Ambassador wonders: How can Ethiopia be a living hell?

Date: 2014-08-11
Source: http://politiken.dk
(Google translation)

Ethiopian Ambassador is surprised that Denmark will not let Amy visit her native country
Dorrit Saietz Journalist

Ethiopia is a country with 94 million people living a decent life
Woinshet Tadesse, Ethiopia’s ambassador to the Nordic countries
In Stockholm sits Ethiopia’s ambassador to the Nordic countries, a woman named Woinshet Tadesse, and wonders deeply about what is going on in Denmark. Why the authorities will not allow a young girl to visit his family and attend as a witness in a completely lawful civil lawsuit?

“It is up to the Court to decide what is best for the child in this whole situation, and they want to hear Amy’s testimony,” said Ambassador Woinshet Tadesse. “Therefore, it is very unfortunate that she will not be allowed to travel to Ethiopia.”

“We always work from the child. If she wants to go Ethiopia and visit her parents and family, perfect. If she’d rather be in Denmark, it is also fine,” she says.

But there is a real risk that she may be held back in Ethiopia?

“We cannot anticipate the Court’s decision. If the Court decides to overturn the adoption, so it’s up to Amy and her mother to decide if she should stay in Ethiopia or in Denmark. There no authority will interfere in the matter – it’s her biological mother, and she is alive. And she has clearly stated that she has no interest in keeping Amy back in Ethiopia, “said Woinshet Tadesse.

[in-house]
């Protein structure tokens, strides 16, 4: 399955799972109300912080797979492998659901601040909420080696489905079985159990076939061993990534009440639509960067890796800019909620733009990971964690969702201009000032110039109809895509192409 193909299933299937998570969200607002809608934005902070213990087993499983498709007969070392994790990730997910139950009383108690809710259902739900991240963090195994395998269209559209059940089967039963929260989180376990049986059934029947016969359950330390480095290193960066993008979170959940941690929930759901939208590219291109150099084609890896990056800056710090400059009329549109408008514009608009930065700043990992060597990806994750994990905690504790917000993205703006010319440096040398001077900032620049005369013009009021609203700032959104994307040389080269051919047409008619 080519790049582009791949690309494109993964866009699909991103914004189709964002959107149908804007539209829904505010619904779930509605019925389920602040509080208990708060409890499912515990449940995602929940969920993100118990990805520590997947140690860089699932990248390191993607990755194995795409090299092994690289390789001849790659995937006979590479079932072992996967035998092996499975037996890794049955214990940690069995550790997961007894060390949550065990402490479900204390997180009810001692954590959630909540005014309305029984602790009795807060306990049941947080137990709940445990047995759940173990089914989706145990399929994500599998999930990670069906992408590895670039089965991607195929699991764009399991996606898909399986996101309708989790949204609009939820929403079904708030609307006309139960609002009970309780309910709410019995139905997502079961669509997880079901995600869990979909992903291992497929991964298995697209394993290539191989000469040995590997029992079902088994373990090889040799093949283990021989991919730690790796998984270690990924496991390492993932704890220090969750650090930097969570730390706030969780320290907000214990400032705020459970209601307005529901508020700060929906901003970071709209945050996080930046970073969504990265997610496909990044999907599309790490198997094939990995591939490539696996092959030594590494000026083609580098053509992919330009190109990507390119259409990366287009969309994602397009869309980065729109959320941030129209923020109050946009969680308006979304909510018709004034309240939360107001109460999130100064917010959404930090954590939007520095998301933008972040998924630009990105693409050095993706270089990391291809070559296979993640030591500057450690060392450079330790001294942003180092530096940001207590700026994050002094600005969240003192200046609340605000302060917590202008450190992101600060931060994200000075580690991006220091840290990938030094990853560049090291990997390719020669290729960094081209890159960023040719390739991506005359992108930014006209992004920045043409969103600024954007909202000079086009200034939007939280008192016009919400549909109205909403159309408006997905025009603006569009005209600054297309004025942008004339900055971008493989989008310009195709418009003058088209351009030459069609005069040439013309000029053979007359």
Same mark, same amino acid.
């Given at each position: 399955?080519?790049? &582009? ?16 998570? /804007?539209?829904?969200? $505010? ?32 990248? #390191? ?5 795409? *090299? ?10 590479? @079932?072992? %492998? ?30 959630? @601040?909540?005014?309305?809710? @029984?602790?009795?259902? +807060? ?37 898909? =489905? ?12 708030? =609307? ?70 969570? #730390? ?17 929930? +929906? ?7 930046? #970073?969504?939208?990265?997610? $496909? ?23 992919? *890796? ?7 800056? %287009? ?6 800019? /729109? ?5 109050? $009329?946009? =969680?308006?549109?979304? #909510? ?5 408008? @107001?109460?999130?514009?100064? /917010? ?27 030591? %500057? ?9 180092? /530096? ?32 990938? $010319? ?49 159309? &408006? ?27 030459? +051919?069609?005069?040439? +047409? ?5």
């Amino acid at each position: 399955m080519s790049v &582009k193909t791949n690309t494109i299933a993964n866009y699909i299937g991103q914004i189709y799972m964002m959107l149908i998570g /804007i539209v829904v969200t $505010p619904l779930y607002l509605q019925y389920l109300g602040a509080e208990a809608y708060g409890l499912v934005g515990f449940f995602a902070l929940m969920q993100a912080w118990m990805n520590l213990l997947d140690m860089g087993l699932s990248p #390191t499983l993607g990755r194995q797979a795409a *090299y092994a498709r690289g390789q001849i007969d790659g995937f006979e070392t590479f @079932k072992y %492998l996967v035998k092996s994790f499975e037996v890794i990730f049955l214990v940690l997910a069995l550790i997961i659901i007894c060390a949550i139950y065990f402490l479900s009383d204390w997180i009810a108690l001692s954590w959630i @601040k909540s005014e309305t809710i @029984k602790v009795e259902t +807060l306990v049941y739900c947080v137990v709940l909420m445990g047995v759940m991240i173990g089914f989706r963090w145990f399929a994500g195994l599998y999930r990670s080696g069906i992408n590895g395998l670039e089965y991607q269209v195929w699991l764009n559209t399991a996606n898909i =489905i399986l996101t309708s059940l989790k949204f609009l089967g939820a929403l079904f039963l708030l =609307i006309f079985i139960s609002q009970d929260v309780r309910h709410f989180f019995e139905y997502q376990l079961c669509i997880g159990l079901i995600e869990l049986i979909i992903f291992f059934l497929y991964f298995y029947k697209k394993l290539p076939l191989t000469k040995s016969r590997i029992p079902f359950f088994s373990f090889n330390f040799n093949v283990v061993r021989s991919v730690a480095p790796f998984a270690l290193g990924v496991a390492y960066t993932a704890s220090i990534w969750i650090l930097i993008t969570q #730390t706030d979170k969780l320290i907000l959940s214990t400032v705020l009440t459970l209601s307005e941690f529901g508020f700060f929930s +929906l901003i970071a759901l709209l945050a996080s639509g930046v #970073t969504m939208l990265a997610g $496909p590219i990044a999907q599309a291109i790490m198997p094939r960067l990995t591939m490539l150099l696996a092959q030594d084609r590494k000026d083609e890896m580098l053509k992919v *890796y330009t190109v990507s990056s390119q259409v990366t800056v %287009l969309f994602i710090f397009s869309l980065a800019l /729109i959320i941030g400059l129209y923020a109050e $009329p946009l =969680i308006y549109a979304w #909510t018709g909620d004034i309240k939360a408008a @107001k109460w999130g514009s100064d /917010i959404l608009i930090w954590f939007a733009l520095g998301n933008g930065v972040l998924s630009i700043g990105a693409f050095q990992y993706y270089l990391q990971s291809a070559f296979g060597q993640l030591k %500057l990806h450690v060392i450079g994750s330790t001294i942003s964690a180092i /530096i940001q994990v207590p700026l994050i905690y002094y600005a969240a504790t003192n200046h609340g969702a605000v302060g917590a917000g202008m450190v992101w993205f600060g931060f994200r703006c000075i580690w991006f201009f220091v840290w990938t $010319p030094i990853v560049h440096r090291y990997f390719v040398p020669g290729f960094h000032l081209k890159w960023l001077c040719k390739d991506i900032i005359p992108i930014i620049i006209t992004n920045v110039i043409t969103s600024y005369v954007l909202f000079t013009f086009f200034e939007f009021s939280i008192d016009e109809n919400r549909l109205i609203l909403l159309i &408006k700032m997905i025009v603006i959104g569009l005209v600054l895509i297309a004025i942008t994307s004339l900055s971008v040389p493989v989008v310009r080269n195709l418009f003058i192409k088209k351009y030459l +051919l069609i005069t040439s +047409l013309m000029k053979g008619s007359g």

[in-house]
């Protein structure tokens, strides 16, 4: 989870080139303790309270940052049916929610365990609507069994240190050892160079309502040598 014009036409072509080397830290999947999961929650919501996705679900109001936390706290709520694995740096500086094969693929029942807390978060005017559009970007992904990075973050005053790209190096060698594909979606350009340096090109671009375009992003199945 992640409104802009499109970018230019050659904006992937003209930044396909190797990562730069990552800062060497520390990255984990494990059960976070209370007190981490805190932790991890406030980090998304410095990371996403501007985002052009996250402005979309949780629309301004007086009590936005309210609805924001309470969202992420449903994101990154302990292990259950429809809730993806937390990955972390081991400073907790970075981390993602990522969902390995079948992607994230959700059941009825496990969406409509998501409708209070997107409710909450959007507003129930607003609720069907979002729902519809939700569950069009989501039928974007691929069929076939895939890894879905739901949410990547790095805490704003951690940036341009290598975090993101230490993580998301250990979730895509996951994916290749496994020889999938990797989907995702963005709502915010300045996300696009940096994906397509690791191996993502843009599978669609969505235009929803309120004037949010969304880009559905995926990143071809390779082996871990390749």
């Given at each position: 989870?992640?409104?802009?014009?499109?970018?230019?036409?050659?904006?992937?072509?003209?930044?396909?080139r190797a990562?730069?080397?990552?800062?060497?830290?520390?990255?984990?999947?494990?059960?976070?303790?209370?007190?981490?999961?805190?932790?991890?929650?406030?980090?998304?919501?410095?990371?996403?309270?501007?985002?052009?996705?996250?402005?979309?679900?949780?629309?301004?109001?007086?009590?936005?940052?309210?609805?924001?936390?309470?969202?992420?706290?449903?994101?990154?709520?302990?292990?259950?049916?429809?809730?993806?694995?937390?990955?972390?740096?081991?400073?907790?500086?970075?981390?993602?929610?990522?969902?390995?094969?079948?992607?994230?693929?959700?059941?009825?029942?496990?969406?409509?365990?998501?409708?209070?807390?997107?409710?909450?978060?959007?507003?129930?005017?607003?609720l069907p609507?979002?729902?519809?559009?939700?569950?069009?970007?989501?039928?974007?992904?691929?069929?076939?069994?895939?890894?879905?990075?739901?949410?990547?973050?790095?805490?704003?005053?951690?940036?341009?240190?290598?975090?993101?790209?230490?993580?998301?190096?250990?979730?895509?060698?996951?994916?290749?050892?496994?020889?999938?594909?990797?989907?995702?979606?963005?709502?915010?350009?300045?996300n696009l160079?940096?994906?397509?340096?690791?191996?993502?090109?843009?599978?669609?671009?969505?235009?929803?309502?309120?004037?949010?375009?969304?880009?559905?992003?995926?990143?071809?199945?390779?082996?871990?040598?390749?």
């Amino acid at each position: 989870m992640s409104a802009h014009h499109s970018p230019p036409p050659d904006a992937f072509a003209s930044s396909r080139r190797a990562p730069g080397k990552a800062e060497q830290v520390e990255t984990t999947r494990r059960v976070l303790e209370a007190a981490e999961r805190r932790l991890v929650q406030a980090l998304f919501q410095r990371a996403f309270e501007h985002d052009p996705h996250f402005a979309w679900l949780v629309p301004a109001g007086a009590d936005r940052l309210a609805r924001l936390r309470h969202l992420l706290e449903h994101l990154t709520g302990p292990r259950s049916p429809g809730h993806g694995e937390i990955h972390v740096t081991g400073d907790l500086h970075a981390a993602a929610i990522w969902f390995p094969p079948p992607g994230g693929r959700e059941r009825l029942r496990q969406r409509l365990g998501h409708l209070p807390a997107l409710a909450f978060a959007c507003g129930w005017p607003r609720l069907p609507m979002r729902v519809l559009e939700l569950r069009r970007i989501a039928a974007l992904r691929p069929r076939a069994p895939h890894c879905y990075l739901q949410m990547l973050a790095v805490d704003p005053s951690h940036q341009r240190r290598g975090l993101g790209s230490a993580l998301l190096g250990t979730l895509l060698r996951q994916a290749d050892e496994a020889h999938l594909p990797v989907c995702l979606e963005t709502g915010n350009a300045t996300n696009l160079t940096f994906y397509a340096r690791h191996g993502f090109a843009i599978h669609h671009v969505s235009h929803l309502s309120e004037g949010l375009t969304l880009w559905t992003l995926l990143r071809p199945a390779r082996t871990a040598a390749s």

Even if this happens, she finds a private lawyer’s claim that it would be a disaster and “a living hell” for Amy to stay in Ethiopia, completely wrong.

“Ethiopia is a country with 94 million people living a decent life, including this lawyer. How can it be ‘a living hell’ and why it is so even long-term – it is because he has not been adopted? It’s embarrassing, “she says.

But what about the many poor people in Ethiopia – or the orphans?

“There is poverty in many places, not only in Ethiopia. Even in the United States is poor. Poverty is not a disease, and we have made many advances through development. Over the last decade, poverty is halved and children are far better schooling and health, “she says.

Woinshet Tadesse find it perfectly normal and natural that Amy will visit his country and his family.

“That’s her right. Here in Sweden I know of several families who have adopted children from Ethiopia, who take the children to visit their families and their country. You cannot break the bond with their biological families and parents. ”